So Close to Purchasing a Tablet

With the release of the new iPad, I find myself constantly considering buying a tablet. My Samsung Galaxy S smartphone does a pretty good job at keeping me connected to the Internet and allowing me to consume content. My laptop stays at the office most days as I can easily work from home on my powerful desktop. So when I’m out and about, it would be nice to have a larger screened device that I can use, or what would essentially be a personal laptop that I can load with games, movies, and music for travelling or when in bed.

I had a bad experience with a Macbook Pro a few years back and it totally threw a wrench into both the quality and customer service expectations that I had when it came to paying extra for Apple products. Basically, my laptop had everything go wrong with it, and I replaced nearly every component of it over the course of three years with a few snide remarks from an Apple store employee and a lack of help through their online support.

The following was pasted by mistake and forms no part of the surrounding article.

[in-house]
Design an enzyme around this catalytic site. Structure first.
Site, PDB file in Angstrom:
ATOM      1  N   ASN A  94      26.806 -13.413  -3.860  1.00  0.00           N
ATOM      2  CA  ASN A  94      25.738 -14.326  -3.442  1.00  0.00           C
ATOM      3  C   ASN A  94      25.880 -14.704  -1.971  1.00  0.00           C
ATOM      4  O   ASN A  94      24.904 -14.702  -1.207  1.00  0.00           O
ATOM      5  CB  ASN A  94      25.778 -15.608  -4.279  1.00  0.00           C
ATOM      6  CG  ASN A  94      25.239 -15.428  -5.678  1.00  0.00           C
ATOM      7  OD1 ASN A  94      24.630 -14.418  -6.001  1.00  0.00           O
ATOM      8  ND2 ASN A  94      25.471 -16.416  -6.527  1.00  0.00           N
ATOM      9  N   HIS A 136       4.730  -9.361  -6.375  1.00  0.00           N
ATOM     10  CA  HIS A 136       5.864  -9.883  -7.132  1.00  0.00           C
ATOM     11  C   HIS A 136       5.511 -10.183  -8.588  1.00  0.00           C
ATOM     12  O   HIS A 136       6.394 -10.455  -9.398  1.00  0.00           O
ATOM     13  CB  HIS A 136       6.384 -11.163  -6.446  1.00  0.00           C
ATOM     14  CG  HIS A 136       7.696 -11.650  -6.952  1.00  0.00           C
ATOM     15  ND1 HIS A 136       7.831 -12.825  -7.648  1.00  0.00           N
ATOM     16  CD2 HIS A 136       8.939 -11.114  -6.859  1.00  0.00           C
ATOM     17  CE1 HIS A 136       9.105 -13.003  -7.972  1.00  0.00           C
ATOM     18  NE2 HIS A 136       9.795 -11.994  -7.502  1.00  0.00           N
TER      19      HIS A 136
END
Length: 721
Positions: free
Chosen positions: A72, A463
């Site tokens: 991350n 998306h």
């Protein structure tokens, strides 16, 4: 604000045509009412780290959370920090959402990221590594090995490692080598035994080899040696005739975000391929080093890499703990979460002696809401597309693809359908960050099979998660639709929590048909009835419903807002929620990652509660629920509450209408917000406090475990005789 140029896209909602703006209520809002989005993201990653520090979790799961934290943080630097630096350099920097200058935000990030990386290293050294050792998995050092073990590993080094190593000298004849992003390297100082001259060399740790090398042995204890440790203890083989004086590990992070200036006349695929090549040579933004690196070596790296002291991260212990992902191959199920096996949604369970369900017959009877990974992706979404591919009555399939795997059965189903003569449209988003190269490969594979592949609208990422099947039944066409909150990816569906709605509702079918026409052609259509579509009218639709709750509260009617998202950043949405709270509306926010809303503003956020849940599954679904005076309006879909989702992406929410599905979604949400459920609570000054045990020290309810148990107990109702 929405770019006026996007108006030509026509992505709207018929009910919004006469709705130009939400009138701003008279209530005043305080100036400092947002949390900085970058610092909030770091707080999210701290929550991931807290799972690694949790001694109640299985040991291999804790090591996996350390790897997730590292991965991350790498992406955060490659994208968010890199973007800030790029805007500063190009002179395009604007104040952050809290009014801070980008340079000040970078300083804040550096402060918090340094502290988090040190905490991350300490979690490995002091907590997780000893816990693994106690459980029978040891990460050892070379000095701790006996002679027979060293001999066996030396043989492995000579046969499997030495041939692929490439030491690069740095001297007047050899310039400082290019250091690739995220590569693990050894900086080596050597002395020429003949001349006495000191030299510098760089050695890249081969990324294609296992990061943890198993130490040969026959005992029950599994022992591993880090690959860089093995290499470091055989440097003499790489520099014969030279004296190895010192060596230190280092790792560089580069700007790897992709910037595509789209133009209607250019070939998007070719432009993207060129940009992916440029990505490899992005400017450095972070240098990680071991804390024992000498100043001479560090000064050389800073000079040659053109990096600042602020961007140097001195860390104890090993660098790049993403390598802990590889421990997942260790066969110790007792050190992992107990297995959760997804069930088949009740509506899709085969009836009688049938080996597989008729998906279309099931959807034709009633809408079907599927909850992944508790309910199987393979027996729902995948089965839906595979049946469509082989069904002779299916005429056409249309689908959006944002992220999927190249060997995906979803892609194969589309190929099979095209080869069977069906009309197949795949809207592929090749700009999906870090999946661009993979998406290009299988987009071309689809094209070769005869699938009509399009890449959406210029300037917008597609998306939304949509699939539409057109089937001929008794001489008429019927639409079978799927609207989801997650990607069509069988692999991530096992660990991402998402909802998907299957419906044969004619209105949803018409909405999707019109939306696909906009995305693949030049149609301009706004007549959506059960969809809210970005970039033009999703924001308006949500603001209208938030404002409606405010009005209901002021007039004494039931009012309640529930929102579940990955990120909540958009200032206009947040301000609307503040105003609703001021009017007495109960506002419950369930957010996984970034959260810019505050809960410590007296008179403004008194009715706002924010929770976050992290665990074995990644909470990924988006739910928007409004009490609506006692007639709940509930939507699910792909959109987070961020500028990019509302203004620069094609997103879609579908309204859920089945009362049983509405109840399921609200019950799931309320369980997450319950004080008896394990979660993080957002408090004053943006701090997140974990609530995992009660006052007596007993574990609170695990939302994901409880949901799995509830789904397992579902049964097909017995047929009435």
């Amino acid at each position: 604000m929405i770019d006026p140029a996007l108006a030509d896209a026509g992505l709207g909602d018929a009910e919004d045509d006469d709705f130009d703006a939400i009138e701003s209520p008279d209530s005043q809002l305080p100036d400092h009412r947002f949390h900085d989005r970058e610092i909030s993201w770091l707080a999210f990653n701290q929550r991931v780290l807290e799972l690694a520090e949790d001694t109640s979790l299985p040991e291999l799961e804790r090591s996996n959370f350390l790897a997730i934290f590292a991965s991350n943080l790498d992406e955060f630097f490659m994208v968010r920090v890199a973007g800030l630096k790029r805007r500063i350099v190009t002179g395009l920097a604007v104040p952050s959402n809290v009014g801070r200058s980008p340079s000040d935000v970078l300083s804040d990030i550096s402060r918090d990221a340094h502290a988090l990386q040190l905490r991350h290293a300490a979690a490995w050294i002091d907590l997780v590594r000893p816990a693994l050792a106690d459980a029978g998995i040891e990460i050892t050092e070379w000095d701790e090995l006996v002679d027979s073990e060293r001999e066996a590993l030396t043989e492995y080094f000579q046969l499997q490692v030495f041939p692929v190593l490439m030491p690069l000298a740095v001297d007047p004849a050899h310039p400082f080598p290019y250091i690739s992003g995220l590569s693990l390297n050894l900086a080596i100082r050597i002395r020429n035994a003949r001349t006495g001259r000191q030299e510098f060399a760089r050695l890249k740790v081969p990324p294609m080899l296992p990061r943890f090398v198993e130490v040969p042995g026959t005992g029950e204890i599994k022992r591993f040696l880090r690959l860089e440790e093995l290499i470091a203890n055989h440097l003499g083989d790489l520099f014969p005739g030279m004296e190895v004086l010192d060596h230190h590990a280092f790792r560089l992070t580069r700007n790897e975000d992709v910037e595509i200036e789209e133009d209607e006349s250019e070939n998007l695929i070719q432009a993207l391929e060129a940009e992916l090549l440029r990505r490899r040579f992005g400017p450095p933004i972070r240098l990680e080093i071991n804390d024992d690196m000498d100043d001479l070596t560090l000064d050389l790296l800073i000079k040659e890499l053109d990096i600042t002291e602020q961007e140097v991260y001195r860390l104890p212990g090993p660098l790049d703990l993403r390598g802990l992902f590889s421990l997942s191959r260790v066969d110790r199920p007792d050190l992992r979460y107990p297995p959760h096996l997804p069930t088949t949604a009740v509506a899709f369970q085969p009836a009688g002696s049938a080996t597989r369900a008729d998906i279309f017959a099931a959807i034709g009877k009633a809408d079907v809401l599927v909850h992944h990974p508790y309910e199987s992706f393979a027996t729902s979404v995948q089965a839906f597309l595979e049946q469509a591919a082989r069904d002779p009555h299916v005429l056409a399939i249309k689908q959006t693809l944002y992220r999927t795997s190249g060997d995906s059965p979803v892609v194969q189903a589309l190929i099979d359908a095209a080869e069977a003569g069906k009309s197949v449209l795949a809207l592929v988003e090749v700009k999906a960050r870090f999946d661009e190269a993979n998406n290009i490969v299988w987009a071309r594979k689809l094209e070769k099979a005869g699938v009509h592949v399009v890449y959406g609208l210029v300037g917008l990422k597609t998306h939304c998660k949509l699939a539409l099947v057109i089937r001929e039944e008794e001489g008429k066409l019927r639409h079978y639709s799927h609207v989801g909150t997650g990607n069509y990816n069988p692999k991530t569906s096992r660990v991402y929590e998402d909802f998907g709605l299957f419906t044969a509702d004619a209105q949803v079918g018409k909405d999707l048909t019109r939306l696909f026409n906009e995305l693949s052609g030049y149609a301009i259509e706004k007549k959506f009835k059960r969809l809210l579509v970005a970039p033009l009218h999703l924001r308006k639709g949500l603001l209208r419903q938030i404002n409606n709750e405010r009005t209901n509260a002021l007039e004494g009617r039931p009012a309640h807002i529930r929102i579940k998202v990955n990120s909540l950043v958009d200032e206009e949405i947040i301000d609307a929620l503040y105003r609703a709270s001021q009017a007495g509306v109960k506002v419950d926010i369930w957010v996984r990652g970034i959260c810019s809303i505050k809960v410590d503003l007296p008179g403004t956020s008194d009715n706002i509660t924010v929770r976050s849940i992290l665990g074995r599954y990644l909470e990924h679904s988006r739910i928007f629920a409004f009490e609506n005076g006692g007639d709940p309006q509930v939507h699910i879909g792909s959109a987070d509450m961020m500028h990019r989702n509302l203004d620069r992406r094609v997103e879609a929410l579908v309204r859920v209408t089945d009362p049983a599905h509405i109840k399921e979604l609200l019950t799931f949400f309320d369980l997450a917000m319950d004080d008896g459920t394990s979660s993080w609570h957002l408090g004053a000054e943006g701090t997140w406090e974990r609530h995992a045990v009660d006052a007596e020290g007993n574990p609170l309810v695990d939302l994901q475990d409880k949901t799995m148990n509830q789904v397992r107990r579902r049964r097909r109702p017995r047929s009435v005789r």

After long discussions with a friend of mine, and his endless success with Apple products, I’m almost considering giving them another shot. Now that we are getting past the first two generations of their tablet product, I think it is a pretty safe buy.

Now you might think that because I have an Android phone that I would instantly go for an Android powered tablet. I’ve considered this, but the market is filled with tablets, and it can be hard to determine the right fit for me. I’ve been very interested in Lenovo’s tablet products, as well as Motorola’s and Samsung’s. RIM’s Playbook continues to be a very inexpensive option, and while it has huge limitations and issues of its own, being half the price of the other options is definitely a strong draw for me.